Environmentalist and anti-war campaigner, Svitlana Romanko. Photo: courtesy of Svitlana Romanko

A prominent Ukrainian activist has slammed the “absurd” actions of the EU whereby a partial embargo on Russian oil has done little to stem the tide of aggression that has devastated her homeland.

With war continuing to rage six months after Russian tanks rolled into the Donbas region, Svitlana Romanko, director of Razom We Stand, an NGO supporting the Stand With Ukraine movement, says: “Revenue from fossil fuel exports are a key source of Russia’s military build-up and aggression, providing 40% of the federal budget – yet a complete ban on oil and gas imports from Russia could end this war tomorrow.”

Despite almost universal condemnation of the Russian invasion this February, Europe’s response, in the form of partial sanctions, has seemingly done little to deter Putin. In fact, he has continued to use gas as a pawn in his military campaign, most recently limiting, then turning off, a major pipeline to Germany.

Furthermore, allegations that gas exploited by French oil giant TotalEnergies has been used to fuel fighter jets used by the Russian army in Ukraine have not only caused anger and consternation in Ukraine; they also have shone a light on the world of big business during times of war.

While TotalEnergies robustly denies the findings of Le Monde that have linked it with refueling operations in military bases in southwestern Russia, Romanko says it is pretty much business as usual for a number of global corporations. That is a bitter pill to swallow for most Ukrainians.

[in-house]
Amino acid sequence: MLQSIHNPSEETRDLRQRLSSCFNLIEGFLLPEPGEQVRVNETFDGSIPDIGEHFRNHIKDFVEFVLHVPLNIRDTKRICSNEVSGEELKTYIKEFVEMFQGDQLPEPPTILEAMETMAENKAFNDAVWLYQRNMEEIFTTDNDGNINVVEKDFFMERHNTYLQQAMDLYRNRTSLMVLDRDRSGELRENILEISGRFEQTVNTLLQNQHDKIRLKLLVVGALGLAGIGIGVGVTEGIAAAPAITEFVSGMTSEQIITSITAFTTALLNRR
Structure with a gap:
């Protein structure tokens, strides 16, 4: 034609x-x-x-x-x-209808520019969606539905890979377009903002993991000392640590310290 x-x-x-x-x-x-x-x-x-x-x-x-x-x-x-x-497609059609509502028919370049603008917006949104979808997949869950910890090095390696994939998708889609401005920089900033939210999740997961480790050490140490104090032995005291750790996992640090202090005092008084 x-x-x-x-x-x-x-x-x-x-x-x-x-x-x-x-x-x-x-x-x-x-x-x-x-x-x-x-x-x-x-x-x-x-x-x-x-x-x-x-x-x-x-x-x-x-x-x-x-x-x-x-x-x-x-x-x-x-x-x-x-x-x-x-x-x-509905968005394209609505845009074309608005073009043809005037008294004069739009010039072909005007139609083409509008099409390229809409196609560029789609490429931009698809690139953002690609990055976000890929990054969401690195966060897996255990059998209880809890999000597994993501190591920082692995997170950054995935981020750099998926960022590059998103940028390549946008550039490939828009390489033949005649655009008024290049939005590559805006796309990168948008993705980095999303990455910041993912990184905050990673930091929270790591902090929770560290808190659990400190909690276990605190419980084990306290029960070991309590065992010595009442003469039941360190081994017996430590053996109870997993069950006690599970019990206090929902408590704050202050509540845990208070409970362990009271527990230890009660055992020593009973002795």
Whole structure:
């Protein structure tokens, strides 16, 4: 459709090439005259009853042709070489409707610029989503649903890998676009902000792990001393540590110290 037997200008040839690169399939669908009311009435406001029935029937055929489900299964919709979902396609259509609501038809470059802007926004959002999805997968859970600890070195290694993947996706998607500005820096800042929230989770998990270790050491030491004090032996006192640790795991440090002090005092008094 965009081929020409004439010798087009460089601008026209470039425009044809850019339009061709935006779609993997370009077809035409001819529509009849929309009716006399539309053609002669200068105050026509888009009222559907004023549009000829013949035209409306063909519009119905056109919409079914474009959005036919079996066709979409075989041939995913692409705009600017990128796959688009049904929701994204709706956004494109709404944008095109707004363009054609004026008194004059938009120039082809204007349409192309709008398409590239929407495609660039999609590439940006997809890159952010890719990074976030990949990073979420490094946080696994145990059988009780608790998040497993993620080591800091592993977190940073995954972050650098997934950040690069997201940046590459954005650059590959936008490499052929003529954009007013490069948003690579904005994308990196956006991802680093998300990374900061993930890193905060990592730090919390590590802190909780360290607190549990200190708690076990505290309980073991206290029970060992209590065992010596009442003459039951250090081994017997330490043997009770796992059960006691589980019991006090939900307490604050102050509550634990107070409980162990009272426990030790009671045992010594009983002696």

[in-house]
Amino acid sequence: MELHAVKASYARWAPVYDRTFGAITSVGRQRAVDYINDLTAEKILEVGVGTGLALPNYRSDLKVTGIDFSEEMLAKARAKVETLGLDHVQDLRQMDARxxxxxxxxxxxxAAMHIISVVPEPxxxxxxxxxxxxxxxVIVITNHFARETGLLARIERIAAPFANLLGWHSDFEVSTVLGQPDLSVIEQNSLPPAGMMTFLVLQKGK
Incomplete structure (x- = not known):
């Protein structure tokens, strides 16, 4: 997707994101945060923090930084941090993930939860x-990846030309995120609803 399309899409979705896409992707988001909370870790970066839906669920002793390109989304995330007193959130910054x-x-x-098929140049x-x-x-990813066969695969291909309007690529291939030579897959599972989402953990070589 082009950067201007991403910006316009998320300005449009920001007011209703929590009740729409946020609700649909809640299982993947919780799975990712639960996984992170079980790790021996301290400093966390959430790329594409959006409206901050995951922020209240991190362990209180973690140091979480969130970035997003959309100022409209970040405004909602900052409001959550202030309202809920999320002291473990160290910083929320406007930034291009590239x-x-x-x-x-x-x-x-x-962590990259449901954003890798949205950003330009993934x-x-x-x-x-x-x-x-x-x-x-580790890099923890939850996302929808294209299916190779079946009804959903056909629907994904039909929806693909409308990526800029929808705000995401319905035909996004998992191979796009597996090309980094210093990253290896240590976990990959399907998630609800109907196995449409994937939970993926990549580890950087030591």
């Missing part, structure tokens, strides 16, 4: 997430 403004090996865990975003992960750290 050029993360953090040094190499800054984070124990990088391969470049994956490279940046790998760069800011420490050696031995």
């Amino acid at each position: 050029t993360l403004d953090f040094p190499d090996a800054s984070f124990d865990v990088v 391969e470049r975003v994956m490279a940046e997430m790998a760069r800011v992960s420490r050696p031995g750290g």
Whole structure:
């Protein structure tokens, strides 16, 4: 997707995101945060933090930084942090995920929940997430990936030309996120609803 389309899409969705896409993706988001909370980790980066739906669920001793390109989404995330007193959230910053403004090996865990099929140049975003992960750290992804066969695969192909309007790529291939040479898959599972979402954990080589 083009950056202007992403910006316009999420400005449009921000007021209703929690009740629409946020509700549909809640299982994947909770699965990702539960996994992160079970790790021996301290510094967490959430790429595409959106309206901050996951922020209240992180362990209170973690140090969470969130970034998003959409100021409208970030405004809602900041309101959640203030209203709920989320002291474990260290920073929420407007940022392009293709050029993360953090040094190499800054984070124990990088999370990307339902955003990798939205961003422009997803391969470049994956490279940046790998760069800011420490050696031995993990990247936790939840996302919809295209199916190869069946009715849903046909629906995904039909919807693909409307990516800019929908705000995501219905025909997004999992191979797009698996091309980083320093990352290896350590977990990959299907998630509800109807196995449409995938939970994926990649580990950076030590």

She says:

If the allegations are true, it is enormously unjust that while we have lost thousands of lives in this devastating war, and we have had to witness and cope with the barbaric atrocities of the largest fossil fuel dictatorship in the world, TotalEnergies is literally making a profit from the Russian army bombing civilians.

Similarly, there remains a number of Western companies operating within and with Russia. Among them are many big-name banks as well as energy companies.

Sadly, this thirst for surplus profits of western fossil fuel companies has led us to the situation we are in now: war; mounting conflicts in other parts of the world; climate chaos and extreme weather conditions; cost of living and food security upheavals; and the worst human rights violations in history. 

For decades, big western oil companies courted Putin and helped him exploit Russia’s vast reserves. Supported by many banks in western countries, they have poured billions into Putin’s war chest and turned a blind eye to his violent, expansionist efforts.

Fossil fuels and revenues from them feed war in Ukraine and conflicts in other parts of the world. I believe that not only Putin and Russia will bear full and real responsibility for all war crimes committed towards Ukraine and its citizens, but also dictators in other countries of the world and western companies who supported their reign of terror.

Despite partial sanctions imposed on Russia following the February invasion, the EU bloc, until recently, accounted for 61% of Russia’s fossil fuel export revenue since the war started, with Germany, Italy, and the Netherlands—members of both the EU and NATO—being among the largest importers.